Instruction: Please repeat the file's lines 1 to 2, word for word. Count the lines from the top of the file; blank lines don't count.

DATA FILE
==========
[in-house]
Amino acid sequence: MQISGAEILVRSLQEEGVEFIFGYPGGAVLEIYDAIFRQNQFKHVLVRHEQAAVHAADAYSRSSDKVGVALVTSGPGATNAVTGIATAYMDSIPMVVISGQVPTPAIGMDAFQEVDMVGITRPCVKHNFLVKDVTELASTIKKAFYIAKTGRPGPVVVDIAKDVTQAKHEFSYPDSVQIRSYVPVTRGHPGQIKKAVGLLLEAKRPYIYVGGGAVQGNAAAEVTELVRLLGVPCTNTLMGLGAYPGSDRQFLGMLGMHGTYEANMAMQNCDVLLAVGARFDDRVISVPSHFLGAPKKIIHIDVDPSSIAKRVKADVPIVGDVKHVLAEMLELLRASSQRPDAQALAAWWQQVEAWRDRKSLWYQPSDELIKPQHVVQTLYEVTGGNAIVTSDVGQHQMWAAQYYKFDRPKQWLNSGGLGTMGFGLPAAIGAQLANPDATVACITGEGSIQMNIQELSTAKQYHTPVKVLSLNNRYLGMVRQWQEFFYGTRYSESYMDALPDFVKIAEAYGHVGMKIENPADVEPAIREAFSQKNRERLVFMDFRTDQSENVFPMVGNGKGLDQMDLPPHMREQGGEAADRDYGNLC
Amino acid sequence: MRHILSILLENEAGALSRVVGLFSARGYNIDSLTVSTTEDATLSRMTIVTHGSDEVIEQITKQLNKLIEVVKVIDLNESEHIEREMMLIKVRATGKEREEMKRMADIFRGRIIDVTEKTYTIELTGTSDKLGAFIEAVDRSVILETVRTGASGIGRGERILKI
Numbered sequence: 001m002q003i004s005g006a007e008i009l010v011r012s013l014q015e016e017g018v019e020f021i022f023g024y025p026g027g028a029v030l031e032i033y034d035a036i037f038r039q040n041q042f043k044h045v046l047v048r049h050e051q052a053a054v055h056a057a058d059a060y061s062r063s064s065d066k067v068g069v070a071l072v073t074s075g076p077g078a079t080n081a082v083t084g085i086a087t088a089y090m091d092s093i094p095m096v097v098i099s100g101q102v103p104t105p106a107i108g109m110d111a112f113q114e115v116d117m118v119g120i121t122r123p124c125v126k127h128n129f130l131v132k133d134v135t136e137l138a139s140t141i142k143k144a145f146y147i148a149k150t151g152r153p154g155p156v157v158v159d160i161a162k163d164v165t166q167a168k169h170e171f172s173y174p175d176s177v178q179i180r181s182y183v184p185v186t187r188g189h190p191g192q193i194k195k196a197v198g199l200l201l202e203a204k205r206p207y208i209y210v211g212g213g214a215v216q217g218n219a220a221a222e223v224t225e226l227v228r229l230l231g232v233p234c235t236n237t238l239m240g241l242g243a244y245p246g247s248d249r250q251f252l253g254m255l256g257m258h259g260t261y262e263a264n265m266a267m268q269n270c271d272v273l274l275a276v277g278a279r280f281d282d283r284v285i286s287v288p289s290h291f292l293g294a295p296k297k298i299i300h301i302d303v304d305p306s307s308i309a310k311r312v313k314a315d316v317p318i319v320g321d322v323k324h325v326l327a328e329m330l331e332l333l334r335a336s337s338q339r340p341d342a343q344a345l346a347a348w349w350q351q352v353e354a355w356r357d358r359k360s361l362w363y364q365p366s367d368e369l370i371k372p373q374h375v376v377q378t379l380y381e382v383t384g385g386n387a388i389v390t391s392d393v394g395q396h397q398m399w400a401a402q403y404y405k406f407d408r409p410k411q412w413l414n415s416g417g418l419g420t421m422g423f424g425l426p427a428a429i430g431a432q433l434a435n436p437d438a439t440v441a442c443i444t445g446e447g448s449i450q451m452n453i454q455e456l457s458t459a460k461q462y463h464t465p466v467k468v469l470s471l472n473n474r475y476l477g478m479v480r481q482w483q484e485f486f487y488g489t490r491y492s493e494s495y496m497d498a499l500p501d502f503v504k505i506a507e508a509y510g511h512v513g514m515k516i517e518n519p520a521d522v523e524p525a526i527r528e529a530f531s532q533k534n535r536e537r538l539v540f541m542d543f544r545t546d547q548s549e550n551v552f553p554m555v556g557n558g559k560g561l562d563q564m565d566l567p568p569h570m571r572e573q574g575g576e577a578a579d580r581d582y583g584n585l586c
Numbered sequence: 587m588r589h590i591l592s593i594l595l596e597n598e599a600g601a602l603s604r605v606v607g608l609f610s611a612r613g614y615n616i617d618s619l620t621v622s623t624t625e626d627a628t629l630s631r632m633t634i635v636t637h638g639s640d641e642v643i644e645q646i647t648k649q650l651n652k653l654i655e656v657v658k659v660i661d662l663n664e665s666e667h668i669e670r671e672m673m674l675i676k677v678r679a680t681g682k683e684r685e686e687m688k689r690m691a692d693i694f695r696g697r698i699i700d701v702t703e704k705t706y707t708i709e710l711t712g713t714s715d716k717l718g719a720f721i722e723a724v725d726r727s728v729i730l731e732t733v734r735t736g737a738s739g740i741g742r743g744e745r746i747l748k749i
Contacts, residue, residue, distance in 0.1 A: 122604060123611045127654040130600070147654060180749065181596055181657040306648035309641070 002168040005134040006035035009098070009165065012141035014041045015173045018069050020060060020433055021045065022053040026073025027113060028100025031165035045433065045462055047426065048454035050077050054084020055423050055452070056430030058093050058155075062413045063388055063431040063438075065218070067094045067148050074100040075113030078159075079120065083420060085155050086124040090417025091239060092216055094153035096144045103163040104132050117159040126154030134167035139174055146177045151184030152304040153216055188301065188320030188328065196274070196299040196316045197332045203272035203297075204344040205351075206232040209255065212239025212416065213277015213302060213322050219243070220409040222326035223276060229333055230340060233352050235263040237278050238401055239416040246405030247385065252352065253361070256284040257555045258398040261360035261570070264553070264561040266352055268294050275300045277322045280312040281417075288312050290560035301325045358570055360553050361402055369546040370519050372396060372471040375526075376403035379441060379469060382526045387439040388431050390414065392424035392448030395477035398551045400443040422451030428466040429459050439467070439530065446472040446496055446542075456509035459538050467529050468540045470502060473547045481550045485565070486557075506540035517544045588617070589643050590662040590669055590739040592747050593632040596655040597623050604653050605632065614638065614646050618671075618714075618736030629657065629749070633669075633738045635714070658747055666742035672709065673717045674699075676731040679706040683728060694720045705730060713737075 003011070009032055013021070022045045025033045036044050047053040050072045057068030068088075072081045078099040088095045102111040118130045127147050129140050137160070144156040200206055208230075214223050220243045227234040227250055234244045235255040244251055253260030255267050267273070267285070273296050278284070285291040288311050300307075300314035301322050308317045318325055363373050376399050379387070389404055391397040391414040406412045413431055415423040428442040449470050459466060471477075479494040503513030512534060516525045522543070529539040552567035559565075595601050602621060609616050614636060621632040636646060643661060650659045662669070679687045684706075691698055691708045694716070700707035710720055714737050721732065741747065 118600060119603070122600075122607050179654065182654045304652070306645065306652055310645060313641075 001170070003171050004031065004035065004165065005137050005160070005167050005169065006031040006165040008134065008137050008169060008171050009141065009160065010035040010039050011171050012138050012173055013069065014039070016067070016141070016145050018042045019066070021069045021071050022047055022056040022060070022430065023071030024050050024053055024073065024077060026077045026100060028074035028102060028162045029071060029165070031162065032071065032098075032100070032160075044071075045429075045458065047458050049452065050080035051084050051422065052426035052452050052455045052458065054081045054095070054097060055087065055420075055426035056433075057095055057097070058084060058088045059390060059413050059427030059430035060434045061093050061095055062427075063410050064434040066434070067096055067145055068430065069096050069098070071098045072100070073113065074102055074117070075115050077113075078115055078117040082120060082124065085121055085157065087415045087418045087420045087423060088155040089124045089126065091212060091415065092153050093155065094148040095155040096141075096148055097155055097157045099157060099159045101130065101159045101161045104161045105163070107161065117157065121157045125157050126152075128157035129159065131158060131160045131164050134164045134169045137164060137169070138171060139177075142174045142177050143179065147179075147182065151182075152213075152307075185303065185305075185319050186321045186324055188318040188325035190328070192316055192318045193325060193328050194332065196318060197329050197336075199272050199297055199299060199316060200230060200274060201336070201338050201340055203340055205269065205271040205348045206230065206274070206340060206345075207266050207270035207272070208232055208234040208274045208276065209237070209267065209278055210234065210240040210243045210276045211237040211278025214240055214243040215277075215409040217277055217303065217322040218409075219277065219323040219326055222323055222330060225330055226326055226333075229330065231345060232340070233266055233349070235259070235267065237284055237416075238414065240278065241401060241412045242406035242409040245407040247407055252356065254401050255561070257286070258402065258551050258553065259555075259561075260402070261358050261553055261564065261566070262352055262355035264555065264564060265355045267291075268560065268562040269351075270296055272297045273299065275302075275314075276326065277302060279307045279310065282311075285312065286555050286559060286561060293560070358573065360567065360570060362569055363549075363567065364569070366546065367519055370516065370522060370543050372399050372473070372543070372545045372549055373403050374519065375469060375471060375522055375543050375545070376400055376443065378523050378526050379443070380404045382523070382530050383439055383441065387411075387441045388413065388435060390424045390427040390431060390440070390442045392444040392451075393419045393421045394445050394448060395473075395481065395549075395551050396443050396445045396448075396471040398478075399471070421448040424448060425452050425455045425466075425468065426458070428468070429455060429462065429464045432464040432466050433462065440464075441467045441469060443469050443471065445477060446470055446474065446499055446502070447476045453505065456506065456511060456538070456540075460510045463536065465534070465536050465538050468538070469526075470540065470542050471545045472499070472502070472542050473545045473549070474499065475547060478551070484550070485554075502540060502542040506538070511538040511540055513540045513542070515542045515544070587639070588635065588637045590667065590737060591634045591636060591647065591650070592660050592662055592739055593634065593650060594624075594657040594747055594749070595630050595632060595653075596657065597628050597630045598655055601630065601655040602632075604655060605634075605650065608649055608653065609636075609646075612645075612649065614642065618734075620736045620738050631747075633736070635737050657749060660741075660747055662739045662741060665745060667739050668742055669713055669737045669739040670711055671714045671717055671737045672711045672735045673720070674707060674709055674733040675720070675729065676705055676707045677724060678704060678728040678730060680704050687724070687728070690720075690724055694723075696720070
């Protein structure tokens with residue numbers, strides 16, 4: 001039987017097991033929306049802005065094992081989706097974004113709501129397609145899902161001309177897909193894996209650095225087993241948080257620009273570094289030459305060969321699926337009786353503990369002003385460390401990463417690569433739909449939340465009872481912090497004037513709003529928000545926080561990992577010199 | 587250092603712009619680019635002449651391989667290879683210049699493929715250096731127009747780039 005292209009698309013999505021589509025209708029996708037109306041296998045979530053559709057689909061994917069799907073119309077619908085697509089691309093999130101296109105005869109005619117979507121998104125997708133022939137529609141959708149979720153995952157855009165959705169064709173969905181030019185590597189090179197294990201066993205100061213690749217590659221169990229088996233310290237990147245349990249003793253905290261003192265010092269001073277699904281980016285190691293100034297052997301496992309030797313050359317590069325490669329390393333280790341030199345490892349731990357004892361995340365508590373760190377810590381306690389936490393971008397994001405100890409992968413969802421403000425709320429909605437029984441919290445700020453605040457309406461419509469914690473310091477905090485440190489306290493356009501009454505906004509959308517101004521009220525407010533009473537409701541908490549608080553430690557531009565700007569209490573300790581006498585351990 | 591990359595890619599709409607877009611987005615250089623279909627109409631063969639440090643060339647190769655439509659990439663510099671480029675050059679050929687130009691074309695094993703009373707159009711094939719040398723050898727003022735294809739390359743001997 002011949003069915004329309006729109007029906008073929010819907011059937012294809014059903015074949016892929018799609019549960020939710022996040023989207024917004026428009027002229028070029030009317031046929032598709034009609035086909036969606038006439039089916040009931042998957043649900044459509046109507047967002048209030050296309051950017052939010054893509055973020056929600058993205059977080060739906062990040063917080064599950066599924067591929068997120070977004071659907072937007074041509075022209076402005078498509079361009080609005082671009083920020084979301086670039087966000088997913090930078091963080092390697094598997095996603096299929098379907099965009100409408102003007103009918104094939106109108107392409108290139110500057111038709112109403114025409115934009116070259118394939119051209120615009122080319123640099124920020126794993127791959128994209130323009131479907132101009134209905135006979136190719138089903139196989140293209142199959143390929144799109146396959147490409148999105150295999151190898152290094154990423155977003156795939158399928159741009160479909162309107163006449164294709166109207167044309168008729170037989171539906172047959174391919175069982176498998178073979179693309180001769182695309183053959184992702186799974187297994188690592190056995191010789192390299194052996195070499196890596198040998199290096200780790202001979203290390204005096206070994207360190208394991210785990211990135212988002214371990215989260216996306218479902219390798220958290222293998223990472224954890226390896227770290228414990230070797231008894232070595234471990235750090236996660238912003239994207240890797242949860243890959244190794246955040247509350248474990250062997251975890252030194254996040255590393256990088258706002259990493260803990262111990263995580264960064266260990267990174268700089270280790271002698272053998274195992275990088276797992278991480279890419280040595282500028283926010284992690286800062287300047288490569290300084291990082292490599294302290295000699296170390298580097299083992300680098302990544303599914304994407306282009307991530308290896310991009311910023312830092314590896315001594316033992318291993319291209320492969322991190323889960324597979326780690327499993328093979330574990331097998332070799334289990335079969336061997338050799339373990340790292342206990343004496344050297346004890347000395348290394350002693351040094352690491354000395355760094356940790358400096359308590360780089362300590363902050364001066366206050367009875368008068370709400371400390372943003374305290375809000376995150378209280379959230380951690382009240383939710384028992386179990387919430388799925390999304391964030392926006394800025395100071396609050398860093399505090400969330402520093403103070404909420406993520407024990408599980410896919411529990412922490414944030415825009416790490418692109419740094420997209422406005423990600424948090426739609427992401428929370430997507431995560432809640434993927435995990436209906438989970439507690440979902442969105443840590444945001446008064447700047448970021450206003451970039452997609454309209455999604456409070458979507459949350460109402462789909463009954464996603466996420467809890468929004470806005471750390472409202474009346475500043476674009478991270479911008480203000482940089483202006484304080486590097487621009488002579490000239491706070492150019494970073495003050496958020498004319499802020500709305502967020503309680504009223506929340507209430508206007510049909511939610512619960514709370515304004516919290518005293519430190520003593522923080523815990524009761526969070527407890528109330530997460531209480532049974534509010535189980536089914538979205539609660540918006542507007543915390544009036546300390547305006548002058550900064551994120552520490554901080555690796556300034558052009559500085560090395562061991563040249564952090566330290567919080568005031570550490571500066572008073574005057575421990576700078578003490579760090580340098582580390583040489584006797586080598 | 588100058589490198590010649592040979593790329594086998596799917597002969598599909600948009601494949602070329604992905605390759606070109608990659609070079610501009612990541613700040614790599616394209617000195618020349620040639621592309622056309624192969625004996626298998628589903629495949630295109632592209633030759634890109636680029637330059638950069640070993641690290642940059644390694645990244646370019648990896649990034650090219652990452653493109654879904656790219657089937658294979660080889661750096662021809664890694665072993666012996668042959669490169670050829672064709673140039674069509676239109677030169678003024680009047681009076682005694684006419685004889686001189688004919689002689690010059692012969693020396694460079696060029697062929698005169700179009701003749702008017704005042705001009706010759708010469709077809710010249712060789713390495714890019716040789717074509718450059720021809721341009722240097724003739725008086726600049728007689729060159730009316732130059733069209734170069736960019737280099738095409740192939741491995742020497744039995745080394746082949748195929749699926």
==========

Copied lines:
[in-house]
Amino acid sequence: MQISGAEILVRSLQEEGVEFIFGYPGGAVLEIYDAIFRQNQFKHVLVRHEQAAVHAADAYSRSSDKVGVALVTSGPGATNAVTGIATAYMDSIPMVVISGQVPTPAIGMDAFQEVDMVGITRPCVKHNFLVKDVTELASTIKKAFYIAKTGRPGPVVVDIAKDVTQAKHEFSYPDSVQIRSYVPVTRGHPGQIKKAVGLLLEAKRPYIYVGGGAVQGNAAAEVTELVRLLGVPCTNTLMGLGAYPGSDRQFLGMLGMHGTYEANMAMQNCDVLLAVGARFDDRVISVPSHFLGAPKKIIHIDVDPSSIAKRVKADVPIVGDVKHVLAEMLELLRASSQRPDAQALAAWWQQVEAWRDRKSLWYQPSDELIKPQHVVQTLYEVTGGNAIVTSDVGQHQMWAAQYYKFDRPKQWLNSGGLGTMGFGLPAAIGAQLANPDATVACITGEGSIQMNIQELSTAKQYHTPVKVLSLNNRYLGMVRQWQEFFYGTRYSESYMDALPDFVKIAEAYGHVGMKIENPADVEPAIREAFSQKNRERLVFMDFRTDQSENVFPMVGNGKGLDQMDLPPHMREQGGEAADRDYGNLC